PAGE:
With regards reliability the fact that Skype now controls the network makes it more predictable and performance and reliability can be determined with a high level of confidence. From the moment a customer logs on to their Skype Account, the transaction is handled using Secure Socket Layer (SSL), which encrypts all data leaving the computer destined for Skype, which can only be decrypted by the Skype server. Skype also uses digital certificates to authenticate end users so that you can be confident that you are communicating with whom you think you are and not some fraudulent third party. By utilizing digital certificates on the Skype Cloud servers’ customers can be confident that their communications are genuine, secure and authenticated. However, network security is only one part of the problem, what about security of the client application on the computer, and within the SMB’s corporate walls.
Skype Client Best Practices for the SMB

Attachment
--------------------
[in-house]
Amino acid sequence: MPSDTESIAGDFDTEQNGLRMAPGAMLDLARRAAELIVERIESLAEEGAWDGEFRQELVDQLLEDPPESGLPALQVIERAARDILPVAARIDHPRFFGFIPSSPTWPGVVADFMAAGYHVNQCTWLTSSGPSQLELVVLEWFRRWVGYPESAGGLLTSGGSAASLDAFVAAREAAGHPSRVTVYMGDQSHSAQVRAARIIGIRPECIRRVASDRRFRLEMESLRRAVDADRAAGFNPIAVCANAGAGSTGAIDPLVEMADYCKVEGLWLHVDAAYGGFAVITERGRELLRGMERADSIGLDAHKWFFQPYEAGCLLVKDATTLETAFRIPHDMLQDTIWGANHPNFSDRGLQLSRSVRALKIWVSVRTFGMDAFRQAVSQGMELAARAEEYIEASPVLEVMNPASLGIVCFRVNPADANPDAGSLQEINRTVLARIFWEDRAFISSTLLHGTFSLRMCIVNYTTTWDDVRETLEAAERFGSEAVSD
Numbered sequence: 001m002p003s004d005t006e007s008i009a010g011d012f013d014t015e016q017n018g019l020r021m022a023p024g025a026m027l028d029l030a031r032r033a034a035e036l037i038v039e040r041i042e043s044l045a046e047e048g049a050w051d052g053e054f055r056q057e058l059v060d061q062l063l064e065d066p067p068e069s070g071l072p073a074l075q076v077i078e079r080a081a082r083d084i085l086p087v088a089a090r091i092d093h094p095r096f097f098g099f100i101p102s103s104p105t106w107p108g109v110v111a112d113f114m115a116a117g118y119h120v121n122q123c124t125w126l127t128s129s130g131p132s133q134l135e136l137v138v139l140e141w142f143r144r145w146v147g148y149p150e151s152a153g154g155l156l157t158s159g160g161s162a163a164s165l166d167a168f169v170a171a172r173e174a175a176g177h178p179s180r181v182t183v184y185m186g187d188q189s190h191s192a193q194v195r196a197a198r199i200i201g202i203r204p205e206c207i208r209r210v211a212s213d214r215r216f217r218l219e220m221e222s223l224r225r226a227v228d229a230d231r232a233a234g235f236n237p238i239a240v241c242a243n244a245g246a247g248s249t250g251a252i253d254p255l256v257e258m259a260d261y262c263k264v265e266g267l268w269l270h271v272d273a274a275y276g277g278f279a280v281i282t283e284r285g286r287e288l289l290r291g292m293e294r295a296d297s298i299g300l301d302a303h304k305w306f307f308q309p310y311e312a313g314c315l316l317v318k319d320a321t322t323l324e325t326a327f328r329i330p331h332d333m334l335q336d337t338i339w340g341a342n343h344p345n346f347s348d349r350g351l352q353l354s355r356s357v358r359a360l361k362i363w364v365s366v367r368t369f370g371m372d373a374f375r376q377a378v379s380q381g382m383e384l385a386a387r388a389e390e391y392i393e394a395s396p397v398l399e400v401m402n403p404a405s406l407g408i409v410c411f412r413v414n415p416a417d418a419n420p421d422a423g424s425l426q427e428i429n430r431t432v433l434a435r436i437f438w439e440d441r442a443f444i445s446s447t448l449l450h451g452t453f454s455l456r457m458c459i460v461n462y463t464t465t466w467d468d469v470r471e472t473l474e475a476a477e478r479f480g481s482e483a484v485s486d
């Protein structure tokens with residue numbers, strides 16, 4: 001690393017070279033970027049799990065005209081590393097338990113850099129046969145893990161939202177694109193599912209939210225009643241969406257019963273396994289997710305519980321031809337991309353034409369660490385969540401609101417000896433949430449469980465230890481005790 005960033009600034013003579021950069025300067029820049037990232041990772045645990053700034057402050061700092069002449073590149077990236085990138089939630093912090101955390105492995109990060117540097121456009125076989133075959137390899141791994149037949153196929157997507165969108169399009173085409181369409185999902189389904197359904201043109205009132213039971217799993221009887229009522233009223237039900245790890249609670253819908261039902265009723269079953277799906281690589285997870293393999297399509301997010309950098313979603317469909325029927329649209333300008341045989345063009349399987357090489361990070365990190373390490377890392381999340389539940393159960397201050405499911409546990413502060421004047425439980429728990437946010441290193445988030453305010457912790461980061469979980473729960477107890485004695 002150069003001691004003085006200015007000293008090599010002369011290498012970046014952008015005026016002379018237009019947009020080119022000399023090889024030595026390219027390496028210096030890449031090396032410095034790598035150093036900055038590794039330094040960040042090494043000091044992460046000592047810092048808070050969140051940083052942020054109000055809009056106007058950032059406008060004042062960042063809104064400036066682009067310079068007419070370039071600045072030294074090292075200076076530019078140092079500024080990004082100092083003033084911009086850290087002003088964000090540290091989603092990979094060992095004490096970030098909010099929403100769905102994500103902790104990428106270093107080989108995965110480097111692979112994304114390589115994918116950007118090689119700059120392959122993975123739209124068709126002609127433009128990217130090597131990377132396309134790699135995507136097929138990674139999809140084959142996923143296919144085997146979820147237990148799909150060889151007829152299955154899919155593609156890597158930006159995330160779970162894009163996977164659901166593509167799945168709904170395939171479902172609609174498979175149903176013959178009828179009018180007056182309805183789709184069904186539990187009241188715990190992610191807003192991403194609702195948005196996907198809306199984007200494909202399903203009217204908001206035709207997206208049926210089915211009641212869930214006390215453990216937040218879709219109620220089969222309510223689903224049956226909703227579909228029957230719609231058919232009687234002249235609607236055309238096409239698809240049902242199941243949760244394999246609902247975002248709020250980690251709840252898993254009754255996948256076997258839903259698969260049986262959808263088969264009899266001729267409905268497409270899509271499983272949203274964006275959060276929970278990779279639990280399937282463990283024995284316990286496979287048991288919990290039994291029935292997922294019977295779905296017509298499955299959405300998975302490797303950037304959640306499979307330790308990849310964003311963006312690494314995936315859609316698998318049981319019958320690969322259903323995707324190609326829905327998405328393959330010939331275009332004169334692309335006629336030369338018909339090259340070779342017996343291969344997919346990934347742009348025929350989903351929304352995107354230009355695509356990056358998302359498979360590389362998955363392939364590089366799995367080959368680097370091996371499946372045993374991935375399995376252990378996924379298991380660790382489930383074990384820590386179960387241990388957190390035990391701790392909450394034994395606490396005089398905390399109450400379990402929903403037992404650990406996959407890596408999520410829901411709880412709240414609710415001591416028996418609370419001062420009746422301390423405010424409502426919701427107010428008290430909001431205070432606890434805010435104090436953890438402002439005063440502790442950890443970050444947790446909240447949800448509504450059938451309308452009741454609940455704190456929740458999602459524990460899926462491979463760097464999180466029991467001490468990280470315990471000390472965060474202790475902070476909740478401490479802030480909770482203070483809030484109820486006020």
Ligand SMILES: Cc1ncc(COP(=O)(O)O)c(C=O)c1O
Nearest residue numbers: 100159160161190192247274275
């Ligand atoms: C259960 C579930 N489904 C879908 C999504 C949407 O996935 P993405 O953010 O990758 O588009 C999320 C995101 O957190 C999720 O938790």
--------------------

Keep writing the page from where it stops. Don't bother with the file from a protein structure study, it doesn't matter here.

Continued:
For the SMB securing Skype is similar to any other application and is primarily about ensuring a strict password policy. Skype just like most applications relies on a username and password as the primary means of authentication and access control. All the other security devices such as digital certificates, SSL authentication are generated by successfully entering a valid username/password. Therefore, these must be protected and employees should be given guidance with regards company password policy.
Virus & Malware
SMB’s should ensure that company computers have up-to-date antivirus protection and have personal firewalls activated. The company security policy should warn against email attachments and other known ways that viruses can get into a computer.